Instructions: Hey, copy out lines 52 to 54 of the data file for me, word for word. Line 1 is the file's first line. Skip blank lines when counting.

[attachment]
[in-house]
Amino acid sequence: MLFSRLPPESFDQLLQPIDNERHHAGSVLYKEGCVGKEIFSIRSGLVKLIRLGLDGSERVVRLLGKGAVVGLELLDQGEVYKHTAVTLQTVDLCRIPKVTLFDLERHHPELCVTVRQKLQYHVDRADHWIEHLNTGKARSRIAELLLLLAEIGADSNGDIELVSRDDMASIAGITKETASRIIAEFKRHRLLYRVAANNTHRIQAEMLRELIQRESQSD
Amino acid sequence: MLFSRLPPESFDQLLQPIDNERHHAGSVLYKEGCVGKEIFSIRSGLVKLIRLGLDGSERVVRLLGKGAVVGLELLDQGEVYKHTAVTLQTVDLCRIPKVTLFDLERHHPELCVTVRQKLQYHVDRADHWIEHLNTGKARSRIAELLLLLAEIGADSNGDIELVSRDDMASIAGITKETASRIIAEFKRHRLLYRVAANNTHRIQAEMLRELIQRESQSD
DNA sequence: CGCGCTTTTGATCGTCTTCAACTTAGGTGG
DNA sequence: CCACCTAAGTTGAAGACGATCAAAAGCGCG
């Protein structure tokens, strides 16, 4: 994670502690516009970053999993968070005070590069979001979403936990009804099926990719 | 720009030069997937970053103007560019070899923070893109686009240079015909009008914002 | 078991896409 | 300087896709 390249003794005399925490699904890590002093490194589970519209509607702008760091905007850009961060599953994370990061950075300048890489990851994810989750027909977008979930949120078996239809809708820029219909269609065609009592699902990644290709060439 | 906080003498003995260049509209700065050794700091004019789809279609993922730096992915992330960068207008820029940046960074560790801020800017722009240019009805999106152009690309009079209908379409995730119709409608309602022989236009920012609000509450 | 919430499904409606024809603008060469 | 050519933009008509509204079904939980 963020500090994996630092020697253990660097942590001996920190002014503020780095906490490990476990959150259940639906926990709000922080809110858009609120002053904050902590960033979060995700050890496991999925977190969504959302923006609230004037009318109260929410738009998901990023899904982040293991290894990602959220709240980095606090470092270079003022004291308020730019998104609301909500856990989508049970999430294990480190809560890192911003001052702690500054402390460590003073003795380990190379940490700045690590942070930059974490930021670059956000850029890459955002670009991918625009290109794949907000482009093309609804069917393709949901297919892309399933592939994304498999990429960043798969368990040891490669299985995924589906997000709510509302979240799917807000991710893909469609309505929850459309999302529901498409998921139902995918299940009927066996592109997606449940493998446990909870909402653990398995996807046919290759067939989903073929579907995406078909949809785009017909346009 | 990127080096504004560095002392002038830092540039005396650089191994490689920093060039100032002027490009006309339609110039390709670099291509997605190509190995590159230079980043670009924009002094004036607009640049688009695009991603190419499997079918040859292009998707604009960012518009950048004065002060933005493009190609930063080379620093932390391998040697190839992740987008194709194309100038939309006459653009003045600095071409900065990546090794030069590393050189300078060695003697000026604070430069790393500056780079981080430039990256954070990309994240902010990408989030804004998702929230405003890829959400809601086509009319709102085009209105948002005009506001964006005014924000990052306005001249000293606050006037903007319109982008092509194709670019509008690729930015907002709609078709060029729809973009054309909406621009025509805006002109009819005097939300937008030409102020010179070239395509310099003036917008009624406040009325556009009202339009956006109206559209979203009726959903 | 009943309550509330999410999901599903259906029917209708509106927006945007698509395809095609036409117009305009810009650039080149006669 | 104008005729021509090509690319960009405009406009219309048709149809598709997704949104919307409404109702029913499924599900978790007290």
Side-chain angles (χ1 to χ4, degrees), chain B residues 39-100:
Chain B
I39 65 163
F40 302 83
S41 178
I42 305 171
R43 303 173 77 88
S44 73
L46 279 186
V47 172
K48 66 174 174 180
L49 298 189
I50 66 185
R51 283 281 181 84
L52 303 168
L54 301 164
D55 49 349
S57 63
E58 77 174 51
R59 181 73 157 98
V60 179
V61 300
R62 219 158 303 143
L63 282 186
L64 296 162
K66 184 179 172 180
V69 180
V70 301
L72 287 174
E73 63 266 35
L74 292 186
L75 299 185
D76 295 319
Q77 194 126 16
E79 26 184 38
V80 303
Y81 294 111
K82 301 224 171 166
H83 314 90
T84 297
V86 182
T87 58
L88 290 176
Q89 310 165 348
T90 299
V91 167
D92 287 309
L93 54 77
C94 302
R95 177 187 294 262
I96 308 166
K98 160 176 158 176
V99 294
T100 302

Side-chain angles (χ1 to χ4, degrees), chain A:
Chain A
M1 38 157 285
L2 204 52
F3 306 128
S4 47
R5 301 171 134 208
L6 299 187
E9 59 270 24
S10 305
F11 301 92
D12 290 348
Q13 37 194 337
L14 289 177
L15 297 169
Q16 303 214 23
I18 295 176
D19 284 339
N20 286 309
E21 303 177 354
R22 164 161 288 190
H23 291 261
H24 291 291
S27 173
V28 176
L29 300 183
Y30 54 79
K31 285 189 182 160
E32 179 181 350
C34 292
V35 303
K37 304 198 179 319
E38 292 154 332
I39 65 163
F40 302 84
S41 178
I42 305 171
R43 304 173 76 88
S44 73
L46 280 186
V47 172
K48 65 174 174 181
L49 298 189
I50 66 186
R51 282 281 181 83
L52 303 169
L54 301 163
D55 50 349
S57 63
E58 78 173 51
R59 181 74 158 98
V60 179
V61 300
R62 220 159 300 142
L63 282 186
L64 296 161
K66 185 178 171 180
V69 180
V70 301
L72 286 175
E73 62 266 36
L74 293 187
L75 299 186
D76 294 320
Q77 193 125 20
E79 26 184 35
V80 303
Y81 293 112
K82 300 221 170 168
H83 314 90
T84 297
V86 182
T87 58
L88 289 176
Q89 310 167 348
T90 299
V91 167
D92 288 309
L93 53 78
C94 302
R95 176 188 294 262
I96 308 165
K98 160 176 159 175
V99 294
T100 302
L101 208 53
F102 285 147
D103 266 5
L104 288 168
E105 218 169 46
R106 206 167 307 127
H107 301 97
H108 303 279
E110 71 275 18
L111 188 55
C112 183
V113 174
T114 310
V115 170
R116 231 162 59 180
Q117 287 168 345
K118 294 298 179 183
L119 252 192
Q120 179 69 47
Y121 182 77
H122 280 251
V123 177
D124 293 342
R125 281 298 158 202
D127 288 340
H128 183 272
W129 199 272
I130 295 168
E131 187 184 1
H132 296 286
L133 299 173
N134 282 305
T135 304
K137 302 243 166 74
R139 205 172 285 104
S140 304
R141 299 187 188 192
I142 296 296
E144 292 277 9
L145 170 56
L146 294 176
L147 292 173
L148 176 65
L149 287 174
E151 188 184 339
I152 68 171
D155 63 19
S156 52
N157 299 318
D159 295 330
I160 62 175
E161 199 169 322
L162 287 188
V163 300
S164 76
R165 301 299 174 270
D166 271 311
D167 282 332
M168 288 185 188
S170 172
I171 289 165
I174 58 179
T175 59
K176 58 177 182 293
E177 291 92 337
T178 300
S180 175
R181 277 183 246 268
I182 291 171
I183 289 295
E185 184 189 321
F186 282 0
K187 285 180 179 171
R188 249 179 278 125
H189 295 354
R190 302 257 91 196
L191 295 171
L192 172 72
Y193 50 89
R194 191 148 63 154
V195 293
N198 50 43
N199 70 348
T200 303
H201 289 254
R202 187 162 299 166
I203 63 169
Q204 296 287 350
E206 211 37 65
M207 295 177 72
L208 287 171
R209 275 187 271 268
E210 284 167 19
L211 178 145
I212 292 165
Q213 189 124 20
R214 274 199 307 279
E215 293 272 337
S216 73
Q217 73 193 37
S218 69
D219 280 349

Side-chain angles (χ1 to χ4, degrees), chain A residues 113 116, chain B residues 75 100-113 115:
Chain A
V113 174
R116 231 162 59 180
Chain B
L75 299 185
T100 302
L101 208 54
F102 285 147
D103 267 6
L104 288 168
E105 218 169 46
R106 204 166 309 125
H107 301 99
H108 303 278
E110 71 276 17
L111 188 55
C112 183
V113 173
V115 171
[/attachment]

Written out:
V91 167
D92 287 309
L93 54 77